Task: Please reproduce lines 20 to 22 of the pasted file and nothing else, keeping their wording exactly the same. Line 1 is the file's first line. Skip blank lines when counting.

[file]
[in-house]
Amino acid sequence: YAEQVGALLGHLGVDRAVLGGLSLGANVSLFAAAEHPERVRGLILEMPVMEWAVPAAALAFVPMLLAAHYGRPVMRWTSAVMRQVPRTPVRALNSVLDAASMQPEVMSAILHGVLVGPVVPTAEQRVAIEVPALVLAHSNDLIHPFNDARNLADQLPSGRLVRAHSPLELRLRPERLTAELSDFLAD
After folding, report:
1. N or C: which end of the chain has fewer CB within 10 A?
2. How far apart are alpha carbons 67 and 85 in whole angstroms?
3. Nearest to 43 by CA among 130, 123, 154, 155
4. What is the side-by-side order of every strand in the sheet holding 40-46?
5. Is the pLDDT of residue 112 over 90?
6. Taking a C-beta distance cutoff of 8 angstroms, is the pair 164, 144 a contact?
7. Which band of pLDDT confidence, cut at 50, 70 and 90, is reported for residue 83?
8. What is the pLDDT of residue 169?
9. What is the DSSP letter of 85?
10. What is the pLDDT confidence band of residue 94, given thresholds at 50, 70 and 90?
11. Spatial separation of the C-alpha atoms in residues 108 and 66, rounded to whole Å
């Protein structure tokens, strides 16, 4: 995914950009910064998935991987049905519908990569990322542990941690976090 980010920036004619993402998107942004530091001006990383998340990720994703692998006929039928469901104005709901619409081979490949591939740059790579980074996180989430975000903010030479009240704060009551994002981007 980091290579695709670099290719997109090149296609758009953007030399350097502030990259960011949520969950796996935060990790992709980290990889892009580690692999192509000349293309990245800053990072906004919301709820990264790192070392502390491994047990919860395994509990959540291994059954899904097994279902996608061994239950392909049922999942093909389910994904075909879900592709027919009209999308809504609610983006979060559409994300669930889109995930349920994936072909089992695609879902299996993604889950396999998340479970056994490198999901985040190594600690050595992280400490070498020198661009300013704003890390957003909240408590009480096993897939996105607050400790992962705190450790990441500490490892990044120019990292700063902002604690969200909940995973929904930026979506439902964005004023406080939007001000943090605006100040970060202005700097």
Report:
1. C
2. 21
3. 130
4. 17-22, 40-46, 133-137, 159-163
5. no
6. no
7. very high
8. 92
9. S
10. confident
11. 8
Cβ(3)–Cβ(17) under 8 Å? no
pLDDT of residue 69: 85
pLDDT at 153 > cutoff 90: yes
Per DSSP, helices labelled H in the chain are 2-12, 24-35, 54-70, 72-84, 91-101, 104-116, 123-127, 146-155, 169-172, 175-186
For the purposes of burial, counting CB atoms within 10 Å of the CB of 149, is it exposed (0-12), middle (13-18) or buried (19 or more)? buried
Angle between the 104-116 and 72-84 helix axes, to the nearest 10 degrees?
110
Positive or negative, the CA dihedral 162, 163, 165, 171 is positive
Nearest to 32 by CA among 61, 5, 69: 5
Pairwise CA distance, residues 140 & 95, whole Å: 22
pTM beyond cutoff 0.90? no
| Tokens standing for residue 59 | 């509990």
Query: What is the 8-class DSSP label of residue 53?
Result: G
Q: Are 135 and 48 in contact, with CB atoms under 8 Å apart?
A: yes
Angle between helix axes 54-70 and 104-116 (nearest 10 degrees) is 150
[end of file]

4. 17-22, 40-46, 133-137, 159-163
5. no
6. no